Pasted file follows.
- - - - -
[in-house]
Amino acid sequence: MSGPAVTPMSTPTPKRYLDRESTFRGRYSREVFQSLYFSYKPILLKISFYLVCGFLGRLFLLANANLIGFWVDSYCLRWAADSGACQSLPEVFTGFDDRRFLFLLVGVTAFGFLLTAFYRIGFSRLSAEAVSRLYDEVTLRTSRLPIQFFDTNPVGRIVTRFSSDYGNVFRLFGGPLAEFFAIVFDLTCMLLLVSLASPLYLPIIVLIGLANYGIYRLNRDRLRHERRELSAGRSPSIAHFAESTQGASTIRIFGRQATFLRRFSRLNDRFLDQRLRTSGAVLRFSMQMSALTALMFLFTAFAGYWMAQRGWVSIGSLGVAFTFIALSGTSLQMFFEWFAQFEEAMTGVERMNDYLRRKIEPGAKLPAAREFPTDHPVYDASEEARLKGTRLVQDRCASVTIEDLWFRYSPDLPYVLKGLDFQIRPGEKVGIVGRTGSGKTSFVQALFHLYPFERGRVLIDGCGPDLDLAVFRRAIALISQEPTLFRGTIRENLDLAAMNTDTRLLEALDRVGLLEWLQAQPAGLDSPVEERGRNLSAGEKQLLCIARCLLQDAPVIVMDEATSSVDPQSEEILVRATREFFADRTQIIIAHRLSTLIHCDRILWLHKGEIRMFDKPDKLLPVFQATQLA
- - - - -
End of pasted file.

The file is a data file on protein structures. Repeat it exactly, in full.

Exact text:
[in-house]
Amino acid sequence: MSGPAVTPMSTPTPKRYLDRESTFRGRYSREVFQSLYFSYKPILLKISFYLVCGFLGRLFLLANANLIGFWVDSYCLRWAADSGACQSLPEVFTGFDDRRFLFLLVGVTAFGFLLTAFYRIGFSRLSAEAVSRLYDEVTLRTSRLPIQFFDTNPVGRIVTRFSSDYGNVFRLFGGPLAEFFAIVFDLTCMLLLVSLASPLYLPIIVLIGLANYGIYRLNRDRLRHERRELSAGRSPSIAHFAESTQGASTIRIFGRQATFLRRFSRLNDRFLDQRLRTSGAVLRFSMQMSALTALMFLFTAFAGYWMAQRGWVSIGSLGVAFTFIALSGTSLQMFFEWFAQFEEAMTGVERMNDYLRRKIEPGAKLPAAREFPTDHPVYDASEEARLKGTRLVQDRCASVTIEDLWFRYSPDLPYVLKGLDFQIRPGEKVGIVGRTGSGKTSFVQALFHLYPFERGRVLIDGCGPDLDLAVFRRAIALISQEPTLFRGTIRENLDLAAMNTDTRLLEALDRVGLLEWLQAQPAGLDSPVEERGRNLSAGEKQLLCIARCLLQDAPVIVMDEATSSVDPQSEEILVRATREFFADRTQIIIAHRLSTLIHCDRILWLHKGEIRMFDKPDKLLPVFQATQLA